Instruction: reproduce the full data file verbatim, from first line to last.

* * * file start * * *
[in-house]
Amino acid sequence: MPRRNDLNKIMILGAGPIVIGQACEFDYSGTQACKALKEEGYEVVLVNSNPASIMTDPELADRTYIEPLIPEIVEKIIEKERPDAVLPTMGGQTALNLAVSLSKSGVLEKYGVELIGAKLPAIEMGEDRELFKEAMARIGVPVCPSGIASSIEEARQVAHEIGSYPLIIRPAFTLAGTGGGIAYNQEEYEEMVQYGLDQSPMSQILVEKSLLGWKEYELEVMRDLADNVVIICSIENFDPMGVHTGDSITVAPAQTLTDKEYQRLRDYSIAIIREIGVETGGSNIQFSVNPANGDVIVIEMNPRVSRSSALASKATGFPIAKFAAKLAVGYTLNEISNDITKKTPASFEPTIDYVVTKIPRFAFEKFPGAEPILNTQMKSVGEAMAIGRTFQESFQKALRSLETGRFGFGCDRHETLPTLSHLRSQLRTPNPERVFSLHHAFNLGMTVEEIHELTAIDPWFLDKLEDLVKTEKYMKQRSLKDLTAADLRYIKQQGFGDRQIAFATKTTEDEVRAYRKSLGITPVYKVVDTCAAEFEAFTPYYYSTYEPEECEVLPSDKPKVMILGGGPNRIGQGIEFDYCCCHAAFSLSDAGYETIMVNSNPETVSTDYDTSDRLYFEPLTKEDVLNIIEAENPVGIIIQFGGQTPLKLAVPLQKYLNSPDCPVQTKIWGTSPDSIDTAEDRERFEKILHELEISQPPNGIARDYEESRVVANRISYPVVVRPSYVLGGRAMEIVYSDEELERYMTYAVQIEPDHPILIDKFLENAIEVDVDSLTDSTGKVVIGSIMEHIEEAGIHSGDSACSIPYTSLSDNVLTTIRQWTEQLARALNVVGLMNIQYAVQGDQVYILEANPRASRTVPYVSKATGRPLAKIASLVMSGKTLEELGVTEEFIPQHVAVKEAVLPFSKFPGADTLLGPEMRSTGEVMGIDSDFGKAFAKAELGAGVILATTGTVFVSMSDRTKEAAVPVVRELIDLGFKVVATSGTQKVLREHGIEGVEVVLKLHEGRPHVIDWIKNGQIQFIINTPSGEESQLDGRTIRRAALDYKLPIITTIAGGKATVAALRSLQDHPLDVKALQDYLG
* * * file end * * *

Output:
[in-house]
Amino acid sequence: MPRRNDLNKIMILGAGPIVIGQACEFDYSGTQACKALKEEGYEVVLVNSNPASIMTDPELADRTYIEPLIPEIVEKIIEKERPDAVLPTMGGQTALNLAVSLSKSGVLEKYGVELIGAKLPAIEMGEDRELFKEAMARIGVPVCPSGIASSIEEARQVAHEIGSYPLIIRPAFTLAGTGGGIAYNQEEYEEMVQYGLDQSPMSQILVEKSLLGWKEYELEVMRDLADNVVIICSIENFDPMGVHTGDSITVAPAQTLTDKEYQRLRDYSIAIIREIGVETGGSNIQFSVNPANGDVIVIEMNPRVSRSSALASKATGFPIAKFAAKLAVGYTLNEISNDITKKTPASFEPTIDYVVTKIPRFAFEKFPGAEPILNTQMKSVGEAMAIGRTFQESFQKALRSLETGRFGFGCDRHETLPTLSHLRSQLRTPNPERVFSLHHAFNLGMTVEEIHELTAIDPWFLDKLEDLVKTEKYMKQRSLKDLTAADLRYIKQQGFGDRQIAFATKTTEDEVRAYRKSLGITPVYKVVDTCAAEFEAFTPYYYSTYEPEECEVLPSDKPKVMILGGGPNRIGQGIEFDYCCCHAAFSLSDAGYETIMVNSNPETVSTDYDTSDRLYFEPLTKEDVLNIIEAENPVGIIIQFGGQTPLKLAVPLQKYLNSPDCPVQTKIWGTSPDSIDTAEDRERFEKILHELEISQPPNGIARDYEESRVVANRISYPVVVRPSYVLGGRAMEIVYSDEELERYMTYAVQIEPDHPILIDKFLENAIEVDVDSLTDSTGKVVIGSIMEHIEEAGIHSGDSACSIPYTSLSDNVLTTIRQWTEQLARALNVVGLMNIQYAVQGDQVYILEANPRASRTVPYVSKATGRPLAKIASLVMSGKTLEELGVTEEFIPQHVAVKEAVLPFSKFPGADTLLGPEMRSTGEVMGIDSDFGKAFAKAELGAGVILATTGTVFVSMSDRTKEAAVPVVRELIDLGFKVVATSGTQKVLREHGIEGVEVVLKLHEGRPHVIDWIKNGQIQFIINTPSGEESQLDGRTIRRAALDYKLPIITTIAGGKATVAALRSLQDHPLDVKALQDYLG